Having an accurate perspective on a matter is vital to wise decision making and is something for leaders to talk about. Here are some ideas for starting your conversation.

·      To whom do you go to gain additional perspective on the issues you face and decision you must make? To whom does your board and other leaders go? Do you typically handle things on your own, or do you have people or content that you use to gain perspective? Who are the people and what are the other sources you use to gain additional perspective?

·      How does what we read and watch in the media affect our perspectives? Algorithms determine our media feeds. Are we stuck in an echo chamber? How can we compensate for this so as to understand other perspectives on the issues we face?

·      Sometimes church leaders believe that the church board can provide sufficient additional perspectives for making important decisions. Yet, sometimes church boards become monolithic, functioning as a single unit rather than as a gathering of individual leaders working together to make the best decision possible under the circumstances. Gathering a bunch of people that all think the same does not provide additional perspectives. How does our team guard against insular thinking? Who can we invite into the conversations that matter in our church both from within our congregation and from outside?

·      In my early adult years, I categorized books and articles as “good” when I agreed with what the author had written. When selecting titles to read, I looked for viewpoints like mine. How foolish of me. In later years I found that reading about an issue from authors with whom I disagreed helped me to clarify and solidify my own beliefs as well as helping me discern any weaknesses in my logic in trying to support my perspective. And occasionally, I had to change my mind. Do you and your team read from authors having viewpoints different from your own. What are some of those titles and how did you process them?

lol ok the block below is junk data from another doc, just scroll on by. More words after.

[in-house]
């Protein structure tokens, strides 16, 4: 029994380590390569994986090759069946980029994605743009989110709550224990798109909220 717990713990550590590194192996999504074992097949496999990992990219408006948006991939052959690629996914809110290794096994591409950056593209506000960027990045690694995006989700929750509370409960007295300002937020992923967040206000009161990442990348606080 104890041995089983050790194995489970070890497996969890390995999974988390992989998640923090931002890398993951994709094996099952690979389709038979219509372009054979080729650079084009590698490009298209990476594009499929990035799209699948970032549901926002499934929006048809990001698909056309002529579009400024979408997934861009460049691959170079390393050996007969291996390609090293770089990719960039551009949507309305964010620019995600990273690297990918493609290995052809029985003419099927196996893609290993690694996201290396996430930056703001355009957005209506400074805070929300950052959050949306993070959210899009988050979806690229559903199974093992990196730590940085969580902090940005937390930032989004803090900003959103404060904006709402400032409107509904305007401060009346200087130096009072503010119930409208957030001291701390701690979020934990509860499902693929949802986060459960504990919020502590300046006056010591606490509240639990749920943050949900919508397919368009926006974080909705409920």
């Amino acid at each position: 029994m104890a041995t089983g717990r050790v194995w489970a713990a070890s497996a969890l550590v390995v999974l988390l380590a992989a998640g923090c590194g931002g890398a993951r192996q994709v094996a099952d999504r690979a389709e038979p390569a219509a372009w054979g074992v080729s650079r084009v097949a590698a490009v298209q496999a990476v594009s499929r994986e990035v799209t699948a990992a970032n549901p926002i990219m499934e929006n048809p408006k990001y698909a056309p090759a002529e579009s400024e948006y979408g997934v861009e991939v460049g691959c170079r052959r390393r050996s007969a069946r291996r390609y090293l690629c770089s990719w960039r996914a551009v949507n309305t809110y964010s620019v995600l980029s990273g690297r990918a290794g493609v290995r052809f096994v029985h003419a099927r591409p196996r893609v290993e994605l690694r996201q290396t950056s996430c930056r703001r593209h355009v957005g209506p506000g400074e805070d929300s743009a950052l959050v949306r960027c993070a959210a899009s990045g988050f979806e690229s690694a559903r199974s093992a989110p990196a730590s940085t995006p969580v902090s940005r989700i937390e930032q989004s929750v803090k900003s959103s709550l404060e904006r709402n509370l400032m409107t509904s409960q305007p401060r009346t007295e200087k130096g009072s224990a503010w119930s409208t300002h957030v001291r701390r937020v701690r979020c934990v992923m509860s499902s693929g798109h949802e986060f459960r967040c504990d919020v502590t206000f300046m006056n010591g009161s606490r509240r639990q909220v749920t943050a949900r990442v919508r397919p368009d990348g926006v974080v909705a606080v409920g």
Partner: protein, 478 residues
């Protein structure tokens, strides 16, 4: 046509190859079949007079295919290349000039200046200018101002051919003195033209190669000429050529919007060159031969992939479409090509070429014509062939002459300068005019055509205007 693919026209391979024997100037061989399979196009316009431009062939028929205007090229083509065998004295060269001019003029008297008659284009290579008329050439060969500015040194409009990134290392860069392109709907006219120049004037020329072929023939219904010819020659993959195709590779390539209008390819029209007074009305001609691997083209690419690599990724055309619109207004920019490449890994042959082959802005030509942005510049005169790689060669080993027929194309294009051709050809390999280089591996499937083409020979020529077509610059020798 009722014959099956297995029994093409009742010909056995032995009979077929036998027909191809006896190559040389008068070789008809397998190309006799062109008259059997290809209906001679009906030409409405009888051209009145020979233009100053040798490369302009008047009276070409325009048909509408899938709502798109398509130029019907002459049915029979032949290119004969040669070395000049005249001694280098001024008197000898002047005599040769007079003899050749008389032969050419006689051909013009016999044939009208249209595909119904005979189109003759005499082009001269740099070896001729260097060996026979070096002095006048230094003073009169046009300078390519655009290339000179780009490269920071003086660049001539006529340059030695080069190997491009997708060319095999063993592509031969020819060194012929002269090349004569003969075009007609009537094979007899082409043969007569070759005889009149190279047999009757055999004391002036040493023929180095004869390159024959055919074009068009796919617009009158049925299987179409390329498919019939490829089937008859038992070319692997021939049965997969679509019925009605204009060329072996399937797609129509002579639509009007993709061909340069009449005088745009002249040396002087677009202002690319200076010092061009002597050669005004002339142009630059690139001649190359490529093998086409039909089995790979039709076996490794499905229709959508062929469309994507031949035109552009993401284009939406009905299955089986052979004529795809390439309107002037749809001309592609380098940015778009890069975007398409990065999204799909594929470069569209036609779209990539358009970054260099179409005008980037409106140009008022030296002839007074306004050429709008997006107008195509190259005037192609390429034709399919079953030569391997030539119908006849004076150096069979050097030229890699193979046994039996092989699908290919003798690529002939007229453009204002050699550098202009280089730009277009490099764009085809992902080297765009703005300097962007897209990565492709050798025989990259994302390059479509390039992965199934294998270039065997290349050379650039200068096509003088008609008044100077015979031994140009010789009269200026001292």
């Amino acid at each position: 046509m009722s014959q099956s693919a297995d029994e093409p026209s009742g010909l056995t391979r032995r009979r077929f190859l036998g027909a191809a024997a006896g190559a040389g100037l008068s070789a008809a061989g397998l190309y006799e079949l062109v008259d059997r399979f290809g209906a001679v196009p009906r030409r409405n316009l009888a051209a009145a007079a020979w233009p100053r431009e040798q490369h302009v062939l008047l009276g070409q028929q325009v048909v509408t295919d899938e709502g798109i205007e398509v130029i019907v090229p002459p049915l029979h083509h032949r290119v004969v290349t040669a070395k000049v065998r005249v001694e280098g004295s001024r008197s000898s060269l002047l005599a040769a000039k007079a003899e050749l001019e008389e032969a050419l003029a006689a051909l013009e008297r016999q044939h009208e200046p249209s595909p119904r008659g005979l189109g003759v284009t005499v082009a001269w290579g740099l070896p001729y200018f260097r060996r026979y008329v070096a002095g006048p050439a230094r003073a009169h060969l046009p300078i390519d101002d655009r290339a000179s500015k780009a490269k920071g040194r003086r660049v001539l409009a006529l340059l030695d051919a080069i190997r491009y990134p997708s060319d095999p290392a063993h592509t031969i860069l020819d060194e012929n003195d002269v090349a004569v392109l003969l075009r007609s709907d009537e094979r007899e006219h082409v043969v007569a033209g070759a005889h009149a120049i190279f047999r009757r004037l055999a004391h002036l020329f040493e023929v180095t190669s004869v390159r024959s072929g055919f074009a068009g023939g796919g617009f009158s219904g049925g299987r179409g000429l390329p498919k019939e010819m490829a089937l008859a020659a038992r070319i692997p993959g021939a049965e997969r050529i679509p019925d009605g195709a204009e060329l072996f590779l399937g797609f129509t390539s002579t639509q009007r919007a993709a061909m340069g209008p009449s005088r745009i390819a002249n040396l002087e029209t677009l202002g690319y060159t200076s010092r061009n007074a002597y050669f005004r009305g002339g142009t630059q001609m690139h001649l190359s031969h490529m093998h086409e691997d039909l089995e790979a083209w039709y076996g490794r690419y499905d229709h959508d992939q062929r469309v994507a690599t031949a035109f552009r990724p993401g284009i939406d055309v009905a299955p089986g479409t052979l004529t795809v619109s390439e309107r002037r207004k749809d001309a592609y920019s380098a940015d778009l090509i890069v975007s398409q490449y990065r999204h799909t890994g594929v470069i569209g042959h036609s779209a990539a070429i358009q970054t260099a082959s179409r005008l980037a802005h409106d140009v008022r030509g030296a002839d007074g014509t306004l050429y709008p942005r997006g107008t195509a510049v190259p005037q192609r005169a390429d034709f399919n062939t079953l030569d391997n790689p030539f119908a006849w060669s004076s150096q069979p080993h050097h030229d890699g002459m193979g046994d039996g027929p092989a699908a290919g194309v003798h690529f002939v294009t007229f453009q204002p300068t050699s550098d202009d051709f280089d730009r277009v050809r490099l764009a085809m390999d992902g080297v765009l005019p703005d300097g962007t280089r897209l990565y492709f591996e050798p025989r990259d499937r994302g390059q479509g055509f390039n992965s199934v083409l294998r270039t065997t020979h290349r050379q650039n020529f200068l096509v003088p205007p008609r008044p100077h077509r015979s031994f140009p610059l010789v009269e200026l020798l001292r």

As my eye healed, my vision improved greatly – I began to see things more clearly. That’s because proper perspective requires more than one eye. To whom do we leaders go to gain perspectives we don’t already have on the important decisions we must make? The ministry of leadership is too important to limit our perspectives, and gaining perspective requires intentionality – other perspectives must be sought. And, since perspectives are opinions, we must remember that opinions are to be weighed, not counted. Where should you and your team go to gain the broader perspectives we need to lead well?

That’s something to talk about.

Let us know if we can help and how your conversation goes. Contact Bob Osborne by e-mail at

This is one of a series of articles intended to facilitate and guide church leaders’ conversations about significant issues that often are not talked about among pastors, boards, and church leadership teams. Visit the EFCA West website to see prior Something to Talk About articles.

For those with unconstrained curiosity, look up “pterygium.”

Websters New World Dictionary and Thesaurus (2002)